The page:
Imaging features of microvascular invasion in hepatocellular carcinoma developed after direct-acting antiviral therapy in HCV-related cirrhosis
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To evaluate imaging features of microvascular invasion (MVI) in hepatocellular carcinoma (HCC) developed after direct-acting antiviral (DAA) therapy in HCV-related cirrhosis.
Retrospective cohort study on 344 consecutive patients with HCV-related cirrhosis treated with DAA and followed for 48–74 weeks. Using established imaging criteria for MVI, HCC features were analysed and compared with those in nodules not occurring after DAA.
After DAA, HCC developed in 29 patients (single nodule, 18 and multinodular, 11). Median interval between therapy end and HCC diagnosis was 82 days (0–318). Forty-one HCC nodules were detected (14 de novo, 27 recurrent): maximum diameter was 10–20 mm in 27, 20–50 mm in 13, and > 50 mm in 1. Imaging features of MVI were present in 29/41 nodules (70.7%, CI: 54–84), even in 17/29 nodules with 10–20 mm diameter (58.6%, CI: 39–76). MVI was present in only 17/51 HCC nodules that occurred before DAA treatment (33.3%, CI: 22–47) (p= 0.0007). MVI did not correlate with history of previous HCC.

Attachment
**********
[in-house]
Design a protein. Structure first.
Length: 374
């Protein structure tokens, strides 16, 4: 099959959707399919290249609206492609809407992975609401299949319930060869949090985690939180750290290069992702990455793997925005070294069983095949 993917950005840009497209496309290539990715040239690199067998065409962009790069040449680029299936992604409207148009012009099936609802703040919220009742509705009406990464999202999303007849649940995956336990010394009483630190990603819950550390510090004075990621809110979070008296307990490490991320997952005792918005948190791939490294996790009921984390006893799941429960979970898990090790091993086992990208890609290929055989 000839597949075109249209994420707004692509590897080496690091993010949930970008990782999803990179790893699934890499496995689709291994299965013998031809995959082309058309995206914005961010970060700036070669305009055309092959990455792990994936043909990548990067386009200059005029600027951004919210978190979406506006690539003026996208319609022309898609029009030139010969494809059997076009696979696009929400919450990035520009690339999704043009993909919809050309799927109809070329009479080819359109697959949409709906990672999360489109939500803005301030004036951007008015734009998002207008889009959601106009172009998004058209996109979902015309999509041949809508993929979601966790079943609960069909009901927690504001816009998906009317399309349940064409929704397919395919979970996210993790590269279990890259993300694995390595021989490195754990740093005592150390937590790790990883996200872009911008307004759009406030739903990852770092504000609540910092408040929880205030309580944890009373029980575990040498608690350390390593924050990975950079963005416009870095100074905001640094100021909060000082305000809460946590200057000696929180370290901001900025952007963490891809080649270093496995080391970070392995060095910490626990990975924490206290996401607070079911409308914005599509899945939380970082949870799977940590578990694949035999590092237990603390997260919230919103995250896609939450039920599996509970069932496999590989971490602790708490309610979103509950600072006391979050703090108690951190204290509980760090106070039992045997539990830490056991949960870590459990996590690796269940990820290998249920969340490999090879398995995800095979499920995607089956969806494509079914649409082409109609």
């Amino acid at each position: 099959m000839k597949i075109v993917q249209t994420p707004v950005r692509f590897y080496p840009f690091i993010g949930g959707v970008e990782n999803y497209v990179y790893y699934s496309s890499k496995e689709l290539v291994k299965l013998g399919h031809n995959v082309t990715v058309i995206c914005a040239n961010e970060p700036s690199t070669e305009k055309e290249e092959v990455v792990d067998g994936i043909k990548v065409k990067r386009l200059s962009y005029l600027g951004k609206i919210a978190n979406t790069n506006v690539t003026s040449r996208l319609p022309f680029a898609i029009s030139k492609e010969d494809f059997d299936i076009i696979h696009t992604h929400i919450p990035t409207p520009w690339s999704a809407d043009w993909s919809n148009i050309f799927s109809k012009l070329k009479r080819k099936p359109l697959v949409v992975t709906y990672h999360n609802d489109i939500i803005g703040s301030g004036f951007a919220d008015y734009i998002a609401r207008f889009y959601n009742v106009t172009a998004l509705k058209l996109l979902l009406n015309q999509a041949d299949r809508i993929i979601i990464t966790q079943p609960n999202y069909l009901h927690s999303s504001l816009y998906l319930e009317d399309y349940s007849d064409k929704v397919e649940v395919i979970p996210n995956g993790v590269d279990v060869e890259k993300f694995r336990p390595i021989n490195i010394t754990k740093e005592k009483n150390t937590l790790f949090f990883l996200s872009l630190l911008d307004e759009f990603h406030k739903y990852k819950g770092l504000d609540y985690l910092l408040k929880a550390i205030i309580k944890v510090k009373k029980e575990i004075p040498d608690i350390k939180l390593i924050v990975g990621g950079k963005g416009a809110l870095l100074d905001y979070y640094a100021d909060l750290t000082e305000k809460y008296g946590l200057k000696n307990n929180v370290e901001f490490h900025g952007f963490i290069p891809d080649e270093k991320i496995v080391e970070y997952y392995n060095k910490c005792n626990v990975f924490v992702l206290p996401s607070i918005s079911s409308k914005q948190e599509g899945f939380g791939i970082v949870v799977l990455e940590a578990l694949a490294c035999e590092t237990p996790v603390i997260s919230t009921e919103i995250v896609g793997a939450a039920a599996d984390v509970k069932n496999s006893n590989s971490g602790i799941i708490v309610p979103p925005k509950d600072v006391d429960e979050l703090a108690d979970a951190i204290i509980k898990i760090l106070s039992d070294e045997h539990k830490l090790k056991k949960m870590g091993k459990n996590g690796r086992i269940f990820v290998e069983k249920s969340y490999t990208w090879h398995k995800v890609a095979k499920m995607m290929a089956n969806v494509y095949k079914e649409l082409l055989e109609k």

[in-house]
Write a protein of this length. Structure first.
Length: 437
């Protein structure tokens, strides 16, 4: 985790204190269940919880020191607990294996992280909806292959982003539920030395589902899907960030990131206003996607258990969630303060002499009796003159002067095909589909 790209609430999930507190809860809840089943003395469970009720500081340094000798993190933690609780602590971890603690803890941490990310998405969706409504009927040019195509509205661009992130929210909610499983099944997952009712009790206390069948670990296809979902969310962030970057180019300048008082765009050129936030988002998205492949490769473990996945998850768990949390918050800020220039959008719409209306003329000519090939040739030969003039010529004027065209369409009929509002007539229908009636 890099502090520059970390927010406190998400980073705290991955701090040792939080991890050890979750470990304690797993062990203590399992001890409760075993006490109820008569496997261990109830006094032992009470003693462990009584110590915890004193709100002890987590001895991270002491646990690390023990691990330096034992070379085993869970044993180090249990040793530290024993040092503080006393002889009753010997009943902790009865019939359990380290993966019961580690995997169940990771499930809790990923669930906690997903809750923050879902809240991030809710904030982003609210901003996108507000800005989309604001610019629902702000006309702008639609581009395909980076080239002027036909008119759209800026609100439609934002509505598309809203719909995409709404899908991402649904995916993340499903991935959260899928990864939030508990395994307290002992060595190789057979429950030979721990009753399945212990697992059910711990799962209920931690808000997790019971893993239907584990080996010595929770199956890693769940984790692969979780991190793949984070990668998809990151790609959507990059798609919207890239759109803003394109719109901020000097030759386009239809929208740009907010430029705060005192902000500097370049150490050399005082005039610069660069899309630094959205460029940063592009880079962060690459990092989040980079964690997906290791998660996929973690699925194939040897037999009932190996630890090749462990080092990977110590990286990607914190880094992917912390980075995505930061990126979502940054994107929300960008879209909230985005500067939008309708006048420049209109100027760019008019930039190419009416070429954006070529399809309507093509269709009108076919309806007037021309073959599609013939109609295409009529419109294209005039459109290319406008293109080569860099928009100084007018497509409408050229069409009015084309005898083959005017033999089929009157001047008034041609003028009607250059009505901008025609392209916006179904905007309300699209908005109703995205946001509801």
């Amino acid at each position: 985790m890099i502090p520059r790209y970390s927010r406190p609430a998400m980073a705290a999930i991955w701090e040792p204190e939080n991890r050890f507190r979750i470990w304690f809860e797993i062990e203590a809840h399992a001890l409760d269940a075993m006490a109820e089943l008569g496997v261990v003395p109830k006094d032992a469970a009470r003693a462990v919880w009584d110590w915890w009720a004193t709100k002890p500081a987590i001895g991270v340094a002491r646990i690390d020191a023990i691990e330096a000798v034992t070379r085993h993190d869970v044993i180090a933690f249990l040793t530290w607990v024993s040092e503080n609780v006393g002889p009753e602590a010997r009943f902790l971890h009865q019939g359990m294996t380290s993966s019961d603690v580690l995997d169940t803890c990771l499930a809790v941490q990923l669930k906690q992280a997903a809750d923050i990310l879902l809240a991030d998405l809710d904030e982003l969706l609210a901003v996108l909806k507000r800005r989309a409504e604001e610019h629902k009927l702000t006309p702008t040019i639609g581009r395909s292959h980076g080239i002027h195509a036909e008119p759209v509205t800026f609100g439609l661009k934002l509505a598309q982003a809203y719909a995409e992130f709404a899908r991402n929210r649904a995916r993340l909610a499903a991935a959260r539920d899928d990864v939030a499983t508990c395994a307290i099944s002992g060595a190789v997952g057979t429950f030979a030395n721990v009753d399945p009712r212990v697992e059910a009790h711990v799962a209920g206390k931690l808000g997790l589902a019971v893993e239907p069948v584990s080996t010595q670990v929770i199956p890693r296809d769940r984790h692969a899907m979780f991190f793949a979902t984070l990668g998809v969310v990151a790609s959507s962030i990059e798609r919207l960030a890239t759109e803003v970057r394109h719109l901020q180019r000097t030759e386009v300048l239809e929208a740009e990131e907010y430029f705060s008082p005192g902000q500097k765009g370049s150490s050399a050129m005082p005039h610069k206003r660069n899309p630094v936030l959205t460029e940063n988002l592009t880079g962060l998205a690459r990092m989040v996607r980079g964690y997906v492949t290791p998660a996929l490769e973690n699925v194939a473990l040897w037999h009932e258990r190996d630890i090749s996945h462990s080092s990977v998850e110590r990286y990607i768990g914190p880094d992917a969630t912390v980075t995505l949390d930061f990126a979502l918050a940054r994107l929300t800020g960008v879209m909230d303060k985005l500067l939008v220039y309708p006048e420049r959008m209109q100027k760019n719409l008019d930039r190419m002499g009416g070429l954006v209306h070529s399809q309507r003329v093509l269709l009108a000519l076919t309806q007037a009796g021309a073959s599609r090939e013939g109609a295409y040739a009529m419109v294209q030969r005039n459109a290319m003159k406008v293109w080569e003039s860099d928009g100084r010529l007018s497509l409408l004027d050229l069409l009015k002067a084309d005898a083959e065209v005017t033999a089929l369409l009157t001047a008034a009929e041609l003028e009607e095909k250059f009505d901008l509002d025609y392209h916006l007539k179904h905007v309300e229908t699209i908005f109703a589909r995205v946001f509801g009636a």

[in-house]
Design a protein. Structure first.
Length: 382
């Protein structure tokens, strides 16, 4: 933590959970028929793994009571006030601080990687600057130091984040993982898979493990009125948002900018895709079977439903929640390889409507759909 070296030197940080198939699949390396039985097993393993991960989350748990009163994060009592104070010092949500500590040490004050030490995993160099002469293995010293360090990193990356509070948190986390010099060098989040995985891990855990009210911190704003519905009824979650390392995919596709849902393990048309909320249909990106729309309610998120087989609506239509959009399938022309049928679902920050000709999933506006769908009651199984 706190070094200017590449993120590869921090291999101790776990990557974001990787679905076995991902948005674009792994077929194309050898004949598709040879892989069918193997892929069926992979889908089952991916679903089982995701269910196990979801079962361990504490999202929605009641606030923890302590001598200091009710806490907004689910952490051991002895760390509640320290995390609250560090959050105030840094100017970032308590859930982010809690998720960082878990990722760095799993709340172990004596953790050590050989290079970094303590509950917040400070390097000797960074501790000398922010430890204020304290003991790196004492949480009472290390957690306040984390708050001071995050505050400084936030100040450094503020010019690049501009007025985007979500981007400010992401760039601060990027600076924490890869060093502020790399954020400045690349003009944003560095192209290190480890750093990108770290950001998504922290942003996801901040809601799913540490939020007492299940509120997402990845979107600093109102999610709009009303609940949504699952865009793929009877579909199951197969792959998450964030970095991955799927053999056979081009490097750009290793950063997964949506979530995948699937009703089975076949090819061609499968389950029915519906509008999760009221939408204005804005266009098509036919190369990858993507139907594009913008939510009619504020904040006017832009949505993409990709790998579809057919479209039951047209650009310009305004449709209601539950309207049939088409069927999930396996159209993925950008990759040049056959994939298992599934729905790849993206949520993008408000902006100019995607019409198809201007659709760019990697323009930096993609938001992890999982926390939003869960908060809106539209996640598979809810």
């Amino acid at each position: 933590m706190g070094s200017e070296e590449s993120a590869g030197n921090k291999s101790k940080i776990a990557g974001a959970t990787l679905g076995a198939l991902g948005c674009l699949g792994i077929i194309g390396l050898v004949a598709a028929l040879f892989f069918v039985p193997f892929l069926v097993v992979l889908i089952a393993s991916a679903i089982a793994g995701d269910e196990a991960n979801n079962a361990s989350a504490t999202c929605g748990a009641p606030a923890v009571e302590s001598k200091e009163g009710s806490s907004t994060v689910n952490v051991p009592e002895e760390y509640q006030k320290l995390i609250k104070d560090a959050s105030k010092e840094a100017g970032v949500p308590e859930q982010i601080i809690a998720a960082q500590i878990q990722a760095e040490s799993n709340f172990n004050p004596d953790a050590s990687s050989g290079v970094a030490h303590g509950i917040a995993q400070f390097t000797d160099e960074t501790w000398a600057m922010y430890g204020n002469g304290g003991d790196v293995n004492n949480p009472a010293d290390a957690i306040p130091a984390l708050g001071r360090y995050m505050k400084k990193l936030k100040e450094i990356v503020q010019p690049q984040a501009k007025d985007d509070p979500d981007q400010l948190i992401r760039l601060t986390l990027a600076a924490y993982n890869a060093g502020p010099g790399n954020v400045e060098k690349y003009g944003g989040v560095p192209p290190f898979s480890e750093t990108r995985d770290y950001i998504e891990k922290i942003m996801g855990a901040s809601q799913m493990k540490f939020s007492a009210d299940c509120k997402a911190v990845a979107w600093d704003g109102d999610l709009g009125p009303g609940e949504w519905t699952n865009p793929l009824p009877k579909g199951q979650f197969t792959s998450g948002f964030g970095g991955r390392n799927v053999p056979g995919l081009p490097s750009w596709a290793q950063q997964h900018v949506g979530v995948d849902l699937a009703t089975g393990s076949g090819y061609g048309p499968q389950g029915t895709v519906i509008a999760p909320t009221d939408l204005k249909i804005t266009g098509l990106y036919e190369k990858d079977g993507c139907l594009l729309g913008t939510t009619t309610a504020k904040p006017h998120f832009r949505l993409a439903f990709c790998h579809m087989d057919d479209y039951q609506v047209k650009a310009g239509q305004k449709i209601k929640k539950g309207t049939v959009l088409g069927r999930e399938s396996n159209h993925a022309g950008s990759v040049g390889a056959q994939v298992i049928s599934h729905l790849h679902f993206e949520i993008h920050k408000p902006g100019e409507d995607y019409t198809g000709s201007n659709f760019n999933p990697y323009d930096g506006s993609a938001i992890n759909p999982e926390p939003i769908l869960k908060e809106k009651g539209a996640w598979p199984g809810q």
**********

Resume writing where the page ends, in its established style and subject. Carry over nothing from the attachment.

HCC occurs rapidly after DAA therapy, and aggressive features of MVI characterise most neoplastic nodules. Close imaging evaluations are needed after DAA in cirrhotic patients.
• In HCV cirrhosis, hepatocellular carcinoma develops soon after direct-acting antiviral therapy.
• HCC presents imaging features of microvascular invasion, predictive of more aggressive progression.
• Cirrhotic patients need aggressive and close monitoring after direct-acting antiviral therapy.
KeywordsHepatitis C Liver neoplasms Computed tomography Magnetic resonance imaging Drug side effects
Barcelona clinic liver cancer
Hepatitis B virus
Hepatitis C virus
Magnetic resonance imaging
Non-smooth tumour margins
Percutaneous ethanol injection
Sustained virological response
Two-trait predictor of venous invasion
The authors state that this work has not received any funding.
Compliance with ethical standards
The scientific guarantor of this publication is Stefano Brillanti, M.D., Department of Medical and Surgical Sciences, University of Bologna, Italy.
Conflict of interest
The authors of this manuscript declare no relationships with any companies whose products or services may be related to the subject matter of the article.
Statistics and biometry
No complex statistical methods were necessary for this paper.
Institutional Review Board approval was obtained.
Written informed consent was obtained from all subjects (patients) in this study.
• case-control study
• performed at one institution
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